China’s factory-gate inflation last month rose at the highest rate in more than a decade, official data showed yesterday, as the world’s second-largest economy worked to contain a surge in commodity prices.
Factories so far seem to be absorbing costs rather than passing them on to consumers as domestic demand recovers from the strict COVID-19 lockdowns imposed last year.
The producer price index (PPI), which measures the cost of goods at the factory gate, exceeded expectations, spiking 9 percent year-on-year last month, the Chinese National Bureau of Statistics (NBS) said.
It was its highest jump since September 2008.
In particular, prices in the oil and natural gas extraction industry rose 99.1 percent from a year earlier, NBS senior statistician Dong Lijuan (董莉娟) said.
“PPI is definitely a concern,” United Overseas Bank Ltd (大華銀行) economist Chen Ho Woei (陳浩偉) said.
Metal prices started to rise earlier this year with a recovery in construction, as well as steel demand for the auto industry, Chen said, adding that recent operation curbs in Tangshan, a major steel-producing city, also drove steel prices higher.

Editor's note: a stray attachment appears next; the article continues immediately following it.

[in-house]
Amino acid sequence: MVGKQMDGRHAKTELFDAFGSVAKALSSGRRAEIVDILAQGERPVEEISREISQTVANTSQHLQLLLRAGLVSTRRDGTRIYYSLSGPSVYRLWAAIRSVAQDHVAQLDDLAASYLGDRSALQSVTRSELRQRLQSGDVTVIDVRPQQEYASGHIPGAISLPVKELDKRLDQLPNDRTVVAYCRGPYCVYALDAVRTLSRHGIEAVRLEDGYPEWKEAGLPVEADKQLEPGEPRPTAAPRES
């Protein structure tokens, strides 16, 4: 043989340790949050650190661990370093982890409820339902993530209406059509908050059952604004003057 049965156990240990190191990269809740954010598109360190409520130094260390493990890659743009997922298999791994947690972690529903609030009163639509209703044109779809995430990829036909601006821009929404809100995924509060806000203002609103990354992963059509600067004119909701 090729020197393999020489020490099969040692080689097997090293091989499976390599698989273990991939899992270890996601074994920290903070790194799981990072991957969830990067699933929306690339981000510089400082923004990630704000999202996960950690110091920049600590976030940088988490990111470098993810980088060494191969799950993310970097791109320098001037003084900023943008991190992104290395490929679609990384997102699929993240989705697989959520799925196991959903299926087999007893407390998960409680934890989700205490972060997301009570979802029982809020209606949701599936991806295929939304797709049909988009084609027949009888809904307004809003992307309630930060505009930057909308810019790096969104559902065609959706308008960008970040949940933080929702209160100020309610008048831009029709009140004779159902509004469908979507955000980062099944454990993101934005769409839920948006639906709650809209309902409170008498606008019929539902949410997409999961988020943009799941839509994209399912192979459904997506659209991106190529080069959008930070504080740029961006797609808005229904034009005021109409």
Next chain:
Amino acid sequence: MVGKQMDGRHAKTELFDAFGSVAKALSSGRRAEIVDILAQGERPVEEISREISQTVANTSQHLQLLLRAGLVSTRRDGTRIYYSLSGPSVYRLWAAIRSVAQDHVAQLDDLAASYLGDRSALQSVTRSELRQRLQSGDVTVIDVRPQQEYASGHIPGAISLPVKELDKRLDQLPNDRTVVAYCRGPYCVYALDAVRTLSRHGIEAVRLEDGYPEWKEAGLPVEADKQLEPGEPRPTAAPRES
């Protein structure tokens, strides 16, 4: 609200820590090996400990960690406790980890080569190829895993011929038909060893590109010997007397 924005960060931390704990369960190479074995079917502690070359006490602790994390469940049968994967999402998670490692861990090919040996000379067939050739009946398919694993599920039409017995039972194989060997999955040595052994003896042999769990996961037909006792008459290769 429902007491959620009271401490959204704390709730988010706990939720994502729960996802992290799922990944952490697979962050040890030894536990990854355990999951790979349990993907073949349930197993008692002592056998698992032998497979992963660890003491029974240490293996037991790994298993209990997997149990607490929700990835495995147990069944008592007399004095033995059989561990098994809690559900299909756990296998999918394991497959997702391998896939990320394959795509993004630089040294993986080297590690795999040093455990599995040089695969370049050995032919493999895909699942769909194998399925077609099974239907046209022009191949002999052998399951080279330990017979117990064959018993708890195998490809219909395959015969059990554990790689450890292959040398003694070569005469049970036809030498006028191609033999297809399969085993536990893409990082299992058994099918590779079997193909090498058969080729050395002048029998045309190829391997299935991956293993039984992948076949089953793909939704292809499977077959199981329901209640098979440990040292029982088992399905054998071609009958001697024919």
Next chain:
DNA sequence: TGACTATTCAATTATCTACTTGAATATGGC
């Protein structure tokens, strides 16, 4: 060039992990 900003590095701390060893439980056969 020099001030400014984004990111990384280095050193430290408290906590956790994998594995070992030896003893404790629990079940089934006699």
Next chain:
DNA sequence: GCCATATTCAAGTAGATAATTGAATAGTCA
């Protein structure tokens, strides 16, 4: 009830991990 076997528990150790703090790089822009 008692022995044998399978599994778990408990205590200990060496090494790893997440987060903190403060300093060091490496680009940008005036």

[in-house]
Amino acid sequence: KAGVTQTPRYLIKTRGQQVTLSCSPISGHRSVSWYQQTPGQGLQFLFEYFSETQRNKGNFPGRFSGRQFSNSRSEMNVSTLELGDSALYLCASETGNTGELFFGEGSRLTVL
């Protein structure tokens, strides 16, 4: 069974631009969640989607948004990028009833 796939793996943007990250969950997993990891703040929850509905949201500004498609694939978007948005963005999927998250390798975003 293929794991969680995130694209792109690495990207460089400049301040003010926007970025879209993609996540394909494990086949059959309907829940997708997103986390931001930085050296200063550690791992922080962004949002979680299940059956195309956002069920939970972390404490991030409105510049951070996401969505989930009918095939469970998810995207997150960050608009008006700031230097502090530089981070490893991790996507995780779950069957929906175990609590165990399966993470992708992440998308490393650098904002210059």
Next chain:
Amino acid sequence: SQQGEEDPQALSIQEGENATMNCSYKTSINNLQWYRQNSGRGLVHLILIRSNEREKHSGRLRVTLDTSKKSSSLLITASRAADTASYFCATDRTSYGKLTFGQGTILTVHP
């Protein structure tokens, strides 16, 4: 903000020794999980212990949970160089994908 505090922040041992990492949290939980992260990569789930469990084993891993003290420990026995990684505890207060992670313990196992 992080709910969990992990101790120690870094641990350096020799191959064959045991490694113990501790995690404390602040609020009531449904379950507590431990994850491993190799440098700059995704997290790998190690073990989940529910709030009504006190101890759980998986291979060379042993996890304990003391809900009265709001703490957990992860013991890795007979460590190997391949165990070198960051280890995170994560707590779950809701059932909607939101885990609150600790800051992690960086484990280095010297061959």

“Probably, producers are absorbing some of these costs, but it won’t be sustainable for them to keep doing that,” he said.
For now, PPI inflation has “already triggered Beijing’s response, including vowing to add supply and cracking down on bitcoin mining,” Nomura Holdings Inc chief China economist Lu Ting (陸挺) said.
He said that it would be unrealistic to expect a sharp drop in raw material prices in the near future, with “policy inertia” and a need to minimize incidents ahead of the 100th anniversary of the Chinese Communist Party on July 1 meaning a surge in output is unlikely.
Yet consumer prices were “generally stable” last month, Dong said.
The consumer price index (CPI), a key gauge of retail inflation, rose less than expected to 1.3 percent year-on-year, official data showed.
China’s CPI has been driven up in the past few years by pork prices after an African swine fever outbreak ravaged stocks, but it has since mostly stabilized with boosted supplies of the staple meat.
Dong said that “live pig production continued to recover and the pork supply continued to increase.”
Analysts expect a rise in CPI inflation as producer prices pass through, but say that it is likely to be gradual.
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